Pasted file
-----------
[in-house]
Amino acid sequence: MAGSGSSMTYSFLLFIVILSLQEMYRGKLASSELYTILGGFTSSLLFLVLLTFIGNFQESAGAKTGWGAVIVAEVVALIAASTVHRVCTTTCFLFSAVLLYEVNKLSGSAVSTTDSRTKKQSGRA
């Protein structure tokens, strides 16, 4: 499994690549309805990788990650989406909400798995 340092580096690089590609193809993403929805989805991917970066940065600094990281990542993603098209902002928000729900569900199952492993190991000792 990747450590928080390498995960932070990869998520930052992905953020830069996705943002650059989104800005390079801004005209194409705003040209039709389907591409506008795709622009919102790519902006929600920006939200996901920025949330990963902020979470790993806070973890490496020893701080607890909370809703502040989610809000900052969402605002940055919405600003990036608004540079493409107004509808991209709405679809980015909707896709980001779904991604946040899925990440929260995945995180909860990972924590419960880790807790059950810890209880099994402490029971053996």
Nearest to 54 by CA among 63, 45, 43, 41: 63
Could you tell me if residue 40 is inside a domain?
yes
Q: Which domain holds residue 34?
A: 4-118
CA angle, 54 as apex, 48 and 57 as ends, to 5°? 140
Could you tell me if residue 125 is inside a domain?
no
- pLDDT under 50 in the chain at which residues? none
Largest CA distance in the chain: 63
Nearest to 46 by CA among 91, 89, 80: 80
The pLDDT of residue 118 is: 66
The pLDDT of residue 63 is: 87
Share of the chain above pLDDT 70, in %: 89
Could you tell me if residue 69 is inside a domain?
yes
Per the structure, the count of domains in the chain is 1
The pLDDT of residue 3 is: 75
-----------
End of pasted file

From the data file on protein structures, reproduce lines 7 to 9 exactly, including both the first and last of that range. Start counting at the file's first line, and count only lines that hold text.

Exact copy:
Q: Which domain holds residue 34?
A: 4-118
CA angle, 54 as apex, 48 and 57 as ends, to 5°? 140